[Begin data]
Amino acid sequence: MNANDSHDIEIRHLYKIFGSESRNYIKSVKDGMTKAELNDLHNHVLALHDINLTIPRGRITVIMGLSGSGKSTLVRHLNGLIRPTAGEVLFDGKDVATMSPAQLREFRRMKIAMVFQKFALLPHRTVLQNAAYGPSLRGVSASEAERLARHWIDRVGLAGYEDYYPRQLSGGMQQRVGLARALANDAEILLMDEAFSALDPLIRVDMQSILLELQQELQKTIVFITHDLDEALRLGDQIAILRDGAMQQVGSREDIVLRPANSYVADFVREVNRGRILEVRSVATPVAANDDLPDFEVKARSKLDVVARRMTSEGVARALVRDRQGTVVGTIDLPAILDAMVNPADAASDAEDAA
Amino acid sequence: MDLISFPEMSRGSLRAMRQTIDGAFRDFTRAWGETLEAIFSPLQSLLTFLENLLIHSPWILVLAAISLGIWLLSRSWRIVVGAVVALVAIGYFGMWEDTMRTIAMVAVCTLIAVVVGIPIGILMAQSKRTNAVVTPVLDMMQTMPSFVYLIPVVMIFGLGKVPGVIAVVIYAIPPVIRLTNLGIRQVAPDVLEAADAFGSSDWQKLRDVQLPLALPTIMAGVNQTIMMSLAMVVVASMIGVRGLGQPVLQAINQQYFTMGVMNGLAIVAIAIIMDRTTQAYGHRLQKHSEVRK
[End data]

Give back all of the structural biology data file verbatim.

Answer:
Amino acid sequence: MNANDSHDIEIRHLYKIFGSESRNYIKSVKDGMTKAELNDLHNHVLALHDINLTIPRGRITVIMGLSGSGKSTLVRHLNGLIRPTAGEVLFDGKDVATMSPAQLREFRRMKIAMVFQKFALLPHRTVLQNAAYGPSLRGVSASEAERLARHWIDRVGLAGYEDYYPRQLSGGMQQRVGLARALANDAEILLMDEAFSALDPLIRVDMQSILLELQQELQKTIVFITHDLDEALRLGDQIAILRDGAMQQVGSREDIVLRPANSYVADFVREVNRGRILEVRSVATPVAANDDLPDFEVKARSKLDVVARRMTSEGVARALVRDRQGTVVGTIDLPAILDAMVNPADAASDAEDAA
Amino acid sequence: MDLISFPEMSRGSLRAMRQTIDGAFRDFTRAWGETLEAIFSPLQSLLTFLENLLIHSPWILVLAAISLGIWLLSRSWRIVVGAVVALVAIGYFGMWEDTMRTIAMVAVCTLIAVVVGIPIGILMAQSKRTNAVVTPVLDMMQTMPSFVYLIPVVMIFGLGKVPGVIAVVIYAIPPVIRLTNLGIRQVAPDVLEAADAFGSSDWQKLRDVQLPLALPTIMAGVNQTIMMSLAMVVVASMIGVRGLGQPVLQAINQQYFTMGVMNGLAIVAIAIIMDRTTQAYGHRLQKHSEVRK